Ruben de Ireyo is a chemical engineer who used to work at one of the cyanide burial companies:

[GALINDO REPORT IN SPANISH]

VOICEOVER: It scares me to say this but it's true. These burial pits are on the companies' private property. They have dug these pits in their backyards to bury – to cover up – their crime. They buried 2,600 kilos a day for 28 years.

LOBET: The documentary won national recognition in Mexico in 2004. That same year Pepe was one of a small group of reporters who formed the Mexican Network of Environment Journalists. Here's another clip from that river report.

[GALINDO REPORT IN SPANISH]

VOICEOVER: The river is sometimes covered with foam; it can reach 60 feet high. The foam forms pillows and they float through the air. People who cross the bridge over the river do it running.

[WOMAN SPEAKING SPANISH]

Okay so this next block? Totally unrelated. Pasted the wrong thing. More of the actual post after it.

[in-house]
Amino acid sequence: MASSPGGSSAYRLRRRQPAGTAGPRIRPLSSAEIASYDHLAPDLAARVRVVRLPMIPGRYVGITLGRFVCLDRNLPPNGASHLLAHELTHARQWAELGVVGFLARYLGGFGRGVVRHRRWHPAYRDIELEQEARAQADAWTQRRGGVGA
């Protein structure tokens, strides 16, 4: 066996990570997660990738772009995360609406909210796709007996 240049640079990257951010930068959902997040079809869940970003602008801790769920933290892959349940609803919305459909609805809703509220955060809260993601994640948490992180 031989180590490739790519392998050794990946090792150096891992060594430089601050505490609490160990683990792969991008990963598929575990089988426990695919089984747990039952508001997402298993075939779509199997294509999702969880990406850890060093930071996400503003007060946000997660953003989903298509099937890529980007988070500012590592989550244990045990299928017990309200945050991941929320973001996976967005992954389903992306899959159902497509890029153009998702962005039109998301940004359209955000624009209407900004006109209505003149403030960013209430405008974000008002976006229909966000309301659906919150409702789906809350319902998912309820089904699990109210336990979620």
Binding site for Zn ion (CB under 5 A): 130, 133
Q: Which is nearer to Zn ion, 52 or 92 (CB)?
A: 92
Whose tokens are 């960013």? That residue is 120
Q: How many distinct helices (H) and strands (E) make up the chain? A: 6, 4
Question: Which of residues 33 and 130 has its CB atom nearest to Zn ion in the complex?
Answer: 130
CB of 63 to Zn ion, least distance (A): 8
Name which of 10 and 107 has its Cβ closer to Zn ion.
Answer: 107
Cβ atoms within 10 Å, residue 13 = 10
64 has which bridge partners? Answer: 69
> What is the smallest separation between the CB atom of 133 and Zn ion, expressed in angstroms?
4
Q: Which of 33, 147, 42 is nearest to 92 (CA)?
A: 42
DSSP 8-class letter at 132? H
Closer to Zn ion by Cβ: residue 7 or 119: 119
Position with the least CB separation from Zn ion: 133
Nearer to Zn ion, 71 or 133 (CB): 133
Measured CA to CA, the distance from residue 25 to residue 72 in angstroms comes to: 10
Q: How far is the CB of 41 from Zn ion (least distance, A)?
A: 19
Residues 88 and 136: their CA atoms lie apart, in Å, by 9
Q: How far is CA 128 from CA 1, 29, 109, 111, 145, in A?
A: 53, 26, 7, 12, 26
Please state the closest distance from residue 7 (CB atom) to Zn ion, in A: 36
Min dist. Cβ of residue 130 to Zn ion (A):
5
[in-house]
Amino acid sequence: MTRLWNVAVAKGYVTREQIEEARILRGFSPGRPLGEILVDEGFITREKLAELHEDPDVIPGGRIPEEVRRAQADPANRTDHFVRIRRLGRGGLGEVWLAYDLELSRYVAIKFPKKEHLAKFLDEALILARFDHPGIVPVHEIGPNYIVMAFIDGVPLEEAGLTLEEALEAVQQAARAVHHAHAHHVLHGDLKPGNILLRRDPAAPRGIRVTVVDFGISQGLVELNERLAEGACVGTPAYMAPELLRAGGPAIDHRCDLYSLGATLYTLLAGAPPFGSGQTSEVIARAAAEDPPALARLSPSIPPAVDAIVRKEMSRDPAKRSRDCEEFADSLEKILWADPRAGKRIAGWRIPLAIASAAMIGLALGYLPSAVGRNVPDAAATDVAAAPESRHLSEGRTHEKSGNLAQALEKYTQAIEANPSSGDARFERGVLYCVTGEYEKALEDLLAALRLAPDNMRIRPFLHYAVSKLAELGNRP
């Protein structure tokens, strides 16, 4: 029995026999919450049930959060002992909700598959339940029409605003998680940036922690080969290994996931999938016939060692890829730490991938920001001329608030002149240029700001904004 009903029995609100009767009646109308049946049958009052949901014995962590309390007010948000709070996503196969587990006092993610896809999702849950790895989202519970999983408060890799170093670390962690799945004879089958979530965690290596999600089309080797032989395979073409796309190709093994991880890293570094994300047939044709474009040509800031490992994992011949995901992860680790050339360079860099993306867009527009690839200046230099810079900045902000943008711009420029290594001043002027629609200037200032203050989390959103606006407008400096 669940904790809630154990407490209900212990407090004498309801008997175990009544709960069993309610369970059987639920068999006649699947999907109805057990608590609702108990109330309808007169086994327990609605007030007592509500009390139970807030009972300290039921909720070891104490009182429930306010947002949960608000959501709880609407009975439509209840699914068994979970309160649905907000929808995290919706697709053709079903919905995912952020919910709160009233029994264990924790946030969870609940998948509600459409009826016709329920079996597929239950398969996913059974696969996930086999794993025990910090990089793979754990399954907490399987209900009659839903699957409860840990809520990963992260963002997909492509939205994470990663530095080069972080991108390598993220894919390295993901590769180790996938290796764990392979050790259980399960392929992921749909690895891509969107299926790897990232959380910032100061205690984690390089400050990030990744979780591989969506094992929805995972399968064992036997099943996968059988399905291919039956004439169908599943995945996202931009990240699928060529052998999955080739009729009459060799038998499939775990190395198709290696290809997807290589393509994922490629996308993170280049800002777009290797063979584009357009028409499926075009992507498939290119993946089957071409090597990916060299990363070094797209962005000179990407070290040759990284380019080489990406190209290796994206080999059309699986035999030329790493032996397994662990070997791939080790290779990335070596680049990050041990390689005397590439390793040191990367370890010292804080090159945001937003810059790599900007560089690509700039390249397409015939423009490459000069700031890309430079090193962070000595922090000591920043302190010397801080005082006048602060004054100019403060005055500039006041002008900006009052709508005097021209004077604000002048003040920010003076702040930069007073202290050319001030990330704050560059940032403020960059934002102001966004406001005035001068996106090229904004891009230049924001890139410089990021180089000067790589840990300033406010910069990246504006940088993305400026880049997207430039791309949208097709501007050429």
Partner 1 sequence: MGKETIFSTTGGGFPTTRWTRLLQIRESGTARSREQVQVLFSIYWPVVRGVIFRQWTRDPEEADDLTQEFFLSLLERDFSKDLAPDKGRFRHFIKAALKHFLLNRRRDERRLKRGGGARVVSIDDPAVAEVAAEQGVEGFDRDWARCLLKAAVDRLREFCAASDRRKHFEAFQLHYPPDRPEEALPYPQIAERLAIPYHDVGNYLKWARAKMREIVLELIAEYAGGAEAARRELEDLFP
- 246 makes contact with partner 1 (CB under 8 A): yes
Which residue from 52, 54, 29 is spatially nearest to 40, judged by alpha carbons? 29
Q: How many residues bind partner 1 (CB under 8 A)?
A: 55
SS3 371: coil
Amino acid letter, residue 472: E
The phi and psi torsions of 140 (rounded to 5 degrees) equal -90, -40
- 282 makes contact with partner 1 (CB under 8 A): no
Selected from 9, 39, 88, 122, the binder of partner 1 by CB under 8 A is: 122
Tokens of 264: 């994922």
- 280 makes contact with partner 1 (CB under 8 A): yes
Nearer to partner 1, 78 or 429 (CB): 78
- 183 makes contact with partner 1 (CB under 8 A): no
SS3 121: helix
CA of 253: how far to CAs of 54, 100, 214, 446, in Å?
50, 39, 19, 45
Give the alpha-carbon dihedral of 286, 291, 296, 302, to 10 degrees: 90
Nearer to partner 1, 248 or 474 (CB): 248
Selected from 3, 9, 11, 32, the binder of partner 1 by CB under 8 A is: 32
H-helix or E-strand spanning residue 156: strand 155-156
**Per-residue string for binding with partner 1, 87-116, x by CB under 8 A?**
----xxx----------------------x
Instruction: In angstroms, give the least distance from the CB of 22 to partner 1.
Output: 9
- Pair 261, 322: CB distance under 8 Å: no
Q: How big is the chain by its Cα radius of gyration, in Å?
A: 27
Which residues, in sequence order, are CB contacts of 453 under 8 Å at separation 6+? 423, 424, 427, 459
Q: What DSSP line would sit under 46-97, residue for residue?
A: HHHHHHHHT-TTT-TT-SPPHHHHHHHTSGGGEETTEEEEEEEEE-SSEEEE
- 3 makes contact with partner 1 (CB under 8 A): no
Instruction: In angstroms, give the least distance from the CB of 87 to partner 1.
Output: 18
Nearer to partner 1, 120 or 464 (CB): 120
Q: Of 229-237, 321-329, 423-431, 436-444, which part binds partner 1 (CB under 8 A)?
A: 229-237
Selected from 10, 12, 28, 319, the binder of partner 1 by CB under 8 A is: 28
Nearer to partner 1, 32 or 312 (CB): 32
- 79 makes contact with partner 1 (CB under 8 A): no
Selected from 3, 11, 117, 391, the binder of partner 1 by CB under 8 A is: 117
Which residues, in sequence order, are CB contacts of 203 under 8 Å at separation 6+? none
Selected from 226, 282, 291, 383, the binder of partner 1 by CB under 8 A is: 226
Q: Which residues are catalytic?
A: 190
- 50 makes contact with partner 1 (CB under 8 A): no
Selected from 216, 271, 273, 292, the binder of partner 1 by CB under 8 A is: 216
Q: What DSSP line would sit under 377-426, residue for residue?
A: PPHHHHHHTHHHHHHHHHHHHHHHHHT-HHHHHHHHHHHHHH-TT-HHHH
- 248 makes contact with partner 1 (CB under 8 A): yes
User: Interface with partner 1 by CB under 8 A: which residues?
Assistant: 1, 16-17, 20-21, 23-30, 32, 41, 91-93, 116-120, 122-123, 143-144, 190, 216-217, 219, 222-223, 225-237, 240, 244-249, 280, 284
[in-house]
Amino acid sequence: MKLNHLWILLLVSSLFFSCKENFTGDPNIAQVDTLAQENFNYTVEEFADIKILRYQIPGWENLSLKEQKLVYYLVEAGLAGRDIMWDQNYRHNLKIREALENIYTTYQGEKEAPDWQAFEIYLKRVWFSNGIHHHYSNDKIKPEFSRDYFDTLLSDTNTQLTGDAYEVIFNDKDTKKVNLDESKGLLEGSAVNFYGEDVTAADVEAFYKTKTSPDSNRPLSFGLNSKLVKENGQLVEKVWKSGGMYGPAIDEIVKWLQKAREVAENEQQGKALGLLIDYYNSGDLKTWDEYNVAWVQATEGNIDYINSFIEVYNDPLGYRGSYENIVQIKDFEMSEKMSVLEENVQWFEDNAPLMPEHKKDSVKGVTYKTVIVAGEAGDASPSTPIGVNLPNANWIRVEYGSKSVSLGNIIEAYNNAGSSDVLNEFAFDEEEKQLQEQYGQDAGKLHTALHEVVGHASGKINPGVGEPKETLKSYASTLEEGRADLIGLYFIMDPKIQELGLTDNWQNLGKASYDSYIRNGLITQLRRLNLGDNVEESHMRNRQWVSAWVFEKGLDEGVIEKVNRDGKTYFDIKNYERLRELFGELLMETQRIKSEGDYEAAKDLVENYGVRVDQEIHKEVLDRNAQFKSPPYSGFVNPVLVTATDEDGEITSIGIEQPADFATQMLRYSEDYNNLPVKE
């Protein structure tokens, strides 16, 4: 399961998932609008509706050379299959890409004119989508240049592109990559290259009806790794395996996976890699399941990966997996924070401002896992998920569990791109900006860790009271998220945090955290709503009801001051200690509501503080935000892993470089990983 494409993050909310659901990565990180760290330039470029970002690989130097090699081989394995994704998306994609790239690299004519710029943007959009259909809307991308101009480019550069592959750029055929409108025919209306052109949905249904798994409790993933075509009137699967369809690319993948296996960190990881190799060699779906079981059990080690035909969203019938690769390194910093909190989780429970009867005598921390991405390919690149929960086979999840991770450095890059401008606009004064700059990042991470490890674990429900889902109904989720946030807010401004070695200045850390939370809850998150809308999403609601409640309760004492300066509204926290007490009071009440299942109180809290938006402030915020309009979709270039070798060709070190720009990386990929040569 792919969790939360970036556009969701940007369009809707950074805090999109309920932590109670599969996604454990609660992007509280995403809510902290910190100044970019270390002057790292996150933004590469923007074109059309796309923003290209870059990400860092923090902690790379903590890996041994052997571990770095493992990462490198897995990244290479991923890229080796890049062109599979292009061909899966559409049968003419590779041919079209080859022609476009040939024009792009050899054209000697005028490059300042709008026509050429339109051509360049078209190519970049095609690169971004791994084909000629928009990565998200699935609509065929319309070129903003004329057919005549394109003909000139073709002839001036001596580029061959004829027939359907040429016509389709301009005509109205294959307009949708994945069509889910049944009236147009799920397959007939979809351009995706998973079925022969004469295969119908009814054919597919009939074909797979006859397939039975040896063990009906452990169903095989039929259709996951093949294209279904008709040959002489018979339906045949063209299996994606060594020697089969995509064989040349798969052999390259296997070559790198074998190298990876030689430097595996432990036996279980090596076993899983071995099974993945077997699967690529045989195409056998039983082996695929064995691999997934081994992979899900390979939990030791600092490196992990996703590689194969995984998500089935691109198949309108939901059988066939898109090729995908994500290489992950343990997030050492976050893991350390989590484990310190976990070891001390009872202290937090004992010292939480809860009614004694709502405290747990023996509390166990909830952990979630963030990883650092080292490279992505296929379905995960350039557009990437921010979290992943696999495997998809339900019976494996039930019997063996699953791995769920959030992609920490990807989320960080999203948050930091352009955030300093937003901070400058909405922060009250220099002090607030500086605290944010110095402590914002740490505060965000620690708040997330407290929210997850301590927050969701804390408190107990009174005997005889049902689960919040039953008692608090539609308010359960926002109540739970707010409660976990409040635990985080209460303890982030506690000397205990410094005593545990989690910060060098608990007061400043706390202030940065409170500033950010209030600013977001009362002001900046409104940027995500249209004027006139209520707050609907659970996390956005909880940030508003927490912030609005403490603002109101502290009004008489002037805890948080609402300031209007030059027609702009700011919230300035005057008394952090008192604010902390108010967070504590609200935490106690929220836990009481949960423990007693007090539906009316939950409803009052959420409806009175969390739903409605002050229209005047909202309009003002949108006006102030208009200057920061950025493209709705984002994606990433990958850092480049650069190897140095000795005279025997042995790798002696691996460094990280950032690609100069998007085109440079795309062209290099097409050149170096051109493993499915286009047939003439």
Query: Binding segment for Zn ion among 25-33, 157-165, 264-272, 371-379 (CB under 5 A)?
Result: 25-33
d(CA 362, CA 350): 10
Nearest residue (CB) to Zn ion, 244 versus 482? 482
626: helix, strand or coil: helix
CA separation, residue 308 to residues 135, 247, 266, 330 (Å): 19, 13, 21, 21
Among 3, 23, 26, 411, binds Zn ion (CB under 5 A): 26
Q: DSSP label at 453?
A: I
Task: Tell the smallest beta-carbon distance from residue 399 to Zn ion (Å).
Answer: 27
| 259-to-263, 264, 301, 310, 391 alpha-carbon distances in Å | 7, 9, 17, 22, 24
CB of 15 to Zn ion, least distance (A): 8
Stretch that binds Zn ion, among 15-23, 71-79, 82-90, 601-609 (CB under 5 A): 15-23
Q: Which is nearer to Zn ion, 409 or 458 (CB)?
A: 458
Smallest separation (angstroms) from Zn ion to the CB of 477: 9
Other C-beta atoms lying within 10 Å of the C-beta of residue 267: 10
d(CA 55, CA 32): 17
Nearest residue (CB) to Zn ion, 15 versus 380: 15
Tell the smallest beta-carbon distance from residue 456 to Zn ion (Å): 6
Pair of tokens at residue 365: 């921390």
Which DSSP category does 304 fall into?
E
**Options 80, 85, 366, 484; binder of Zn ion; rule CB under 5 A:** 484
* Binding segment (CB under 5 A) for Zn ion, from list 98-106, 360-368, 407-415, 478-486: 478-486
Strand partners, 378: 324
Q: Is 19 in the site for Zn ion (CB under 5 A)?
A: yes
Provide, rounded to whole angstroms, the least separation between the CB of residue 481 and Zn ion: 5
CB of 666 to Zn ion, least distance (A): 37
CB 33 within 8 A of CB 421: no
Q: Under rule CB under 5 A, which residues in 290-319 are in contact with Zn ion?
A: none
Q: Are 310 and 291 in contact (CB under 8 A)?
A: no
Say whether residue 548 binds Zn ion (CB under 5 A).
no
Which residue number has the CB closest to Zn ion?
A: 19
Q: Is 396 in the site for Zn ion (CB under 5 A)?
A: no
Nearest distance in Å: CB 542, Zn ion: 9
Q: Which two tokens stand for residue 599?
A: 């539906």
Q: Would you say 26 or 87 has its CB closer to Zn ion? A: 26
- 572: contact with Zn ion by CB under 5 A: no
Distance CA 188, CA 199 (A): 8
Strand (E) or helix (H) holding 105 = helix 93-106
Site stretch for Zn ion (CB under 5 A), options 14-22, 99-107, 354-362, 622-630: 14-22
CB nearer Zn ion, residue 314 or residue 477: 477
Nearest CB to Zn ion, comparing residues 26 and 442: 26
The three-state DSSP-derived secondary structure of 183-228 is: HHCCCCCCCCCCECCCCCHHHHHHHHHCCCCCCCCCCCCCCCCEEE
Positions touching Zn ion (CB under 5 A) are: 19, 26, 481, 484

VOICEOVER: People cross the bridge and be careful that the foam doesn't land on you! It hurts your skin. It damages the paint on your car. It's really something.

LOBET: Radio was Pepe's life, says his colleague Dr. Soraya Santana, a psychology professor at the University of Guadalajara.

[SANTANA SPEAKING SPANISH]

VOICEOVER: He always impressed on us the importance of this being a public University, that we owed our work to the people of the city, and that we needed to take our cues from the needs of the people, not from our own ideas of what constitutes "culture".


Reporter and host Jose "Pepe" Galindo of Radio Universidad focused much of his work on the environment.